“We should soundly reject language coming out of the mouths of any of our leaders that feeds a climate of fear and hatred or normalizes racist sentiments,” the Obamas say in their statement, clearly launching an attack against President Trump. They added, “leaders who demonize those who don’t look like us, or suggest that other people, including immigrants, threaten our way of life, or refer to other people as sub-human, or imply that America belongs to just one certain type of people.”

“Such language isn’t new,” they continue, “it’s been at the root of most human tragedy throughout history, here in America and around the world.”

Read their full statement:

Image: “President Barack Obama pauses during a meeting to observe a moment of silence in the Oval Office at 9:30 a.m. Dec. 21, 2012, in remembrance of the 20 children and six adults killed in the Sandy Hook Elementary School shooting in Newtown, Conn., Dec. 14.”
Official White House Photo by Pete Souza via Flickr

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As Trump Looks on, President Macron Speaks out on Nationalism.



French President Emmanuel Macron at Armistice event

As world leaders looked on, French President Emmanuel Macron took a moment in his speech at Armistice Day in France to speak out against the rise of nationalism.

Amongst those in attendance were US president Donald Trump and Russian President Vladimir Putin.

“Patriotism is the exact opposite of nationalism: nationalism is a betrayal of patriotism,” Macron told the crowd. “By saying our interests first, who cares about the others, we erase what a nation holds dearest, what gives it life, what makes it great and what is essential: its moral values.”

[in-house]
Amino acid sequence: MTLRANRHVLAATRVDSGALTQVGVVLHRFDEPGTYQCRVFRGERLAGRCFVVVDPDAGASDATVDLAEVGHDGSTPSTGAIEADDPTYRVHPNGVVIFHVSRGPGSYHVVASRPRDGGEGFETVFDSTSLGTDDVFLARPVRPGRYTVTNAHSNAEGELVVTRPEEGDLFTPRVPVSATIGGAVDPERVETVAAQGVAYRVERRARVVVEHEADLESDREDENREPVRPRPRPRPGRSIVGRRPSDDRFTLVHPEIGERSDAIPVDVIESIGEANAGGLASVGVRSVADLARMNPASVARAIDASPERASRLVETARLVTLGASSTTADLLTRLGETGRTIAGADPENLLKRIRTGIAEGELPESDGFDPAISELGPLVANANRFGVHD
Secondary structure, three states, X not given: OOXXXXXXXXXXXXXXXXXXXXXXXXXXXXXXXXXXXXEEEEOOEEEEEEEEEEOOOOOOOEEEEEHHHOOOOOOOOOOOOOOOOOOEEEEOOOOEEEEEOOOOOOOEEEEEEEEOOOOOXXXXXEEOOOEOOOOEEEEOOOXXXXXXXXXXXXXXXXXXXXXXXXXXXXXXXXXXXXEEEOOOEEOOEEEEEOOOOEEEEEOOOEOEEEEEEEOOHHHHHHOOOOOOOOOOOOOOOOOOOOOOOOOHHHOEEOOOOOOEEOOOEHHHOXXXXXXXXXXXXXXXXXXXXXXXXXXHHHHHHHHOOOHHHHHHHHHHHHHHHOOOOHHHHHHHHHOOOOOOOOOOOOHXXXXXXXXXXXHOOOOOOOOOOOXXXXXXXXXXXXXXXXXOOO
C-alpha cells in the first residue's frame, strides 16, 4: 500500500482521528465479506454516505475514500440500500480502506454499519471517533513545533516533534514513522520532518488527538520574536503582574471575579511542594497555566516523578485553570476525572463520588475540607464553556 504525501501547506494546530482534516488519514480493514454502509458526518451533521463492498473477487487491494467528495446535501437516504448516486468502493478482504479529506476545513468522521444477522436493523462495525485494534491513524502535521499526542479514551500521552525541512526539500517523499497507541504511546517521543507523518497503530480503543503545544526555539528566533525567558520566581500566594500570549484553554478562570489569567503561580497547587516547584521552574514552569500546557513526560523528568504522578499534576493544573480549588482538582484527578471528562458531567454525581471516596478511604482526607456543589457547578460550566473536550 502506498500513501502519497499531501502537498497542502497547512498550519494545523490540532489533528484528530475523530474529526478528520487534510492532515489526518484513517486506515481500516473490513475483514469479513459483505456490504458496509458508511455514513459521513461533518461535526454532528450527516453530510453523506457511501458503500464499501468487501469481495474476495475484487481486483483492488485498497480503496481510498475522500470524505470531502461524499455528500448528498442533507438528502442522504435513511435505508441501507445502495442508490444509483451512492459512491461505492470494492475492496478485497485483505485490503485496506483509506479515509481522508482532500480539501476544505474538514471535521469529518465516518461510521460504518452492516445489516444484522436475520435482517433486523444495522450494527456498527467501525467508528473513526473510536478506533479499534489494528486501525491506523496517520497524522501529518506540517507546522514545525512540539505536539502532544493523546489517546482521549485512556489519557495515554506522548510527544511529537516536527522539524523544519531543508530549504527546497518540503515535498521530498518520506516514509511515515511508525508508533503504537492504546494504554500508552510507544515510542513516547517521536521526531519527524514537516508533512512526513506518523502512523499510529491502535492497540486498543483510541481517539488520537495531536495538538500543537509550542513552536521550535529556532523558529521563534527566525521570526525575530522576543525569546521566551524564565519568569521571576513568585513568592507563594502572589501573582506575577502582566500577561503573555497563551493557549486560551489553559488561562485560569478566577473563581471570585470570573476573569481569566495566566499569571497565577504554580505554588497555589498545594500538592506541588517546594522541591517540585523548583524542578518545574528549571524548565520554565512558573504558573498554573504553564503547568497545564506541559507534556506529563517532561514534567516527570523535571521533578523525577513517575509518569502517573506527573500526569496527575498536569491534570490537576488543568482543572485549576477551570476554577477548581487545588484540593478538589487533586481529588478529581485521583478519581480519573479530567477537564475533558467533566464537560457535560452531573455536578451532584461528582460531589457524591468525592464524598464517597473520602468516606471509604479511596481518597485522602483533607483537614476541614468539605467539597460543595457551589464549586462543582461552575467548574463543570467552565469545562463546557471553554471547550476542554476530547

“I know there are old demons which are coming back to the surface,” added Macron. “They are ready to wreak chaos and death. History sometimes threatens to take its sinister course once again.”

The speech is largely seen as a rebuke of Donald Trump. Trump declared himself a nationalist near the end of November.

“A globalist is a person that wants the globe to do well, frankly, not caring about our country so much. And you know what? We can’t have that,” Trump said at a Houston, Texas rally on the 23rd of October.

“You know, they have a word — it’s sort of became old-fashioned — it’s called a nationalist. And I say, really, we’re not supposed to use that word. You know what I am? I’m a nationalist, okay? I’m a nationalist. Nationalist. Nothing wrong. Use that word. Use that word.”

The president did not show an immediate reply, sitting quietly, often with his head down during Macron’s speech. There has not yet been a reply from the White House to Macron’s statements.

Donald Trump has been resoundingly criticized for not taking the 100th anniversary of the end of World War I seriously. He skipped out of a visit to an American military cemetery outside of Paris yesterday due to a threatened rainstorm, and did not walk with other world leaders in France today.

View all of Marcon’s speech.

Image via screen capture from video source.